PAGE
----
The lights are always on
Mark Chia CSsR
Christmas is an exciting time. Putting up the Christmas tree, buying presents for loved ones and friends, and enjoying a sumptuous feast is cause for great joy. But it’s a different story when the season for gift giving and merry making comes to an end. It can feel like an onerous chore to pack the decorations away for another year.
The buzz and the anticipation are missing. Without all the sparkle and lights, our homes and even the local supermarket seem devoid of colour and excitement. But Christmas doesn’t have to end … and it is not meant to end. Though the church’s Christmas liturgical season ends this Sunday with the Feast of the Baptism of the Lord, Christmas itself does not end. This is because, at its very core, Christmas celebrates the incarnation of God as a human person, that God took on human form to live among us as one of us. God wanted to show us how much God wanted to be with us and to be one of us. Though the Christmas season officially ends, God continues that close relationship with us.
This calls us to transform the external celebration of the Christmas season with all its sparkle and lights into an internal celebration that occurs every day of our lives. This is the Christmas gift that keeps giving, because God wants to grow into an ever deeper and closer relationship with us. This is the eternal light that continues to shine deep in the centre of our lives. It is a relationship that is the source of joy, hope and love. We are invited to bring that joy, hope and love onward to grow into better relationships with one another.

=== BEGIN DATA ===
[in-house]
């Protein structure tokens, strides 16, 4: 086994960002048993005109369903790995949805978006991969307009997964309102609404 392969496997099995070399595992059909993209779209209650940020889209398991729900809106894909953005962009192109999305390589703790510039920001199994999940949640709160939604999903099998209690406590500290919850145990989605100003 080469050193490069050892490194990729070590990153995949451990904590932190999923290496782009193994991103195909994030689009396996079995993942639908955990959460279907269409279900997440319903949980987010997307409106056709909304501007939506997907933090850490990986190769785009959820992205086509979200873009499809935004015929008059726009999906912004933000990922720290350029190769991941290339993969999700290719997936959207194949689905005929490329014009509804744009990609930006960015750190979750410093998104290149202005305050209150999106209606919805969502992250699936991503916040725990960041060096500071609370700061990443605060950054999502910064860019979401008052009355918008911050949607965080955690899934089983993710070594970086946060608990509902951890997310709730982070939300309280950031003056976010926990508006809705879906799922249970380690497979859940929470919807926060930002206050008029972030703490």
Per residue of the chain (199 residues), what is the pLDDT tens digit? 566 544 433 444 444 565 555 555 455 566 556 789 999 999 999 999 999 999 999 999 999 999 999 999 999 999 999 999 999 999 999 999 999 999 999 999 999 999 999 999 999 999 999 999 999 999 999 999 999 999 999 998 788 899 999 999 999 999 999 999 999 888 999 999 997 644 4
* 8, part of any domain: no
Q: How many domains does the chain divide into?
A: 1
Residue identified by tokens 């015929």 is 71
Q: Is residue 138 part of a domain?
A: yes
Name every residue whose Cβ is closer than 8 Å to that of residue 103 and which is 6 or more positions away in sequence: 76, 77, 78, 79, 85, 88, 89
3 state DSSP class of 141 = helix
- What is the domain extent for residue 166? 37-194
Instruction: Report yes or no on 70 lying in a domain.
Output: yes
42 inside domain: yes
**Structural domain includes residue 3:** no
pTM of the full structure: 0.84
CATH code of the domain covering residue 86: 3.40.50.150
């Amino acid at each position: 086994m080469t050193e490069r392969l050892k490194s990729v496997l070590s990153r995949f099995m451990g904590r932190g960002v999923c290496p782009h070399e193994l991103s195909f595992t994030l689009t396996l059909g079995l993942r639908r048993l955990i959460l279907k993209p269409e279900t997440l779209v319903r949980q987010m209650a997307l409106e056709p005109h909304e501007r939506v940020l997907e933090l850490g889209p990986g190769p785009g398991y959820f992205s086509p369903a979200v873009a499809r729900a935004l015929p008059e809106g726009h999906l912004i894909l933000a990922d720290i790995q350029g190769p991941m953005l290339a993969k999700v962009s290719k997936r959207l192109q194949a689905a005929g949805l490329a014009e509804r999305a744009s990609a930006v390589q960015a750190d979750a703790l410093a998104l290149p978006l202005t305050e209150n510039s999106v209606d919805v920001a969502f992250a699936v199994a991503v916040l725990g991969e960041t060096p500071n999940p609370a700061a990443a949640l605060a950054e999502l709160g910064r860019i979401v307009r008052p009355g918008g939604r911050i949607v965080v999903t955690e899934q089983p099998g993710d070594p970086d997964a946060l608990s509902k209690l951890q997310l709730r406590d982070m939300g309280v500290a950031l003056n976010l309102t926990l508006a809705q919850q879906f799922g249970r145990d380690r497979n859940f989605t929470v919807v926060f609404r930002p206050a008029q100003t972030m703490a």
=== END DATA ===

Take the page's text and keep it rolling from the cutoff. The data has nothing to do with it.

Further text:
So, while the Christmas tree has come down and the decorations and the fairy lights are now neatly stored away in their boxes, Christmas itself is still waiting to be unboxed, to be unboxed in our spirits, in our hearts and in our lives. Faith, hope and love are not meant to be stored away, but to be shared and celebrated with others. Though the manger may be stored away, the living God is still very much with us. Christmas does not end, but continues to be around us and inside us.
Baptisms are about new beginnings and, just as Jesus entered a new beginning in his human life when he underwent baptism by his cousin John the Baptist, we too are invited to set out anew in new beginnings in our relationships with others. Christmas does not end, but continues in our lives and in the lives of others, forever bringing new life, starting new beginnings, with God ever present in our midst.
Mark Chia CSsR
© Majellan Media 2021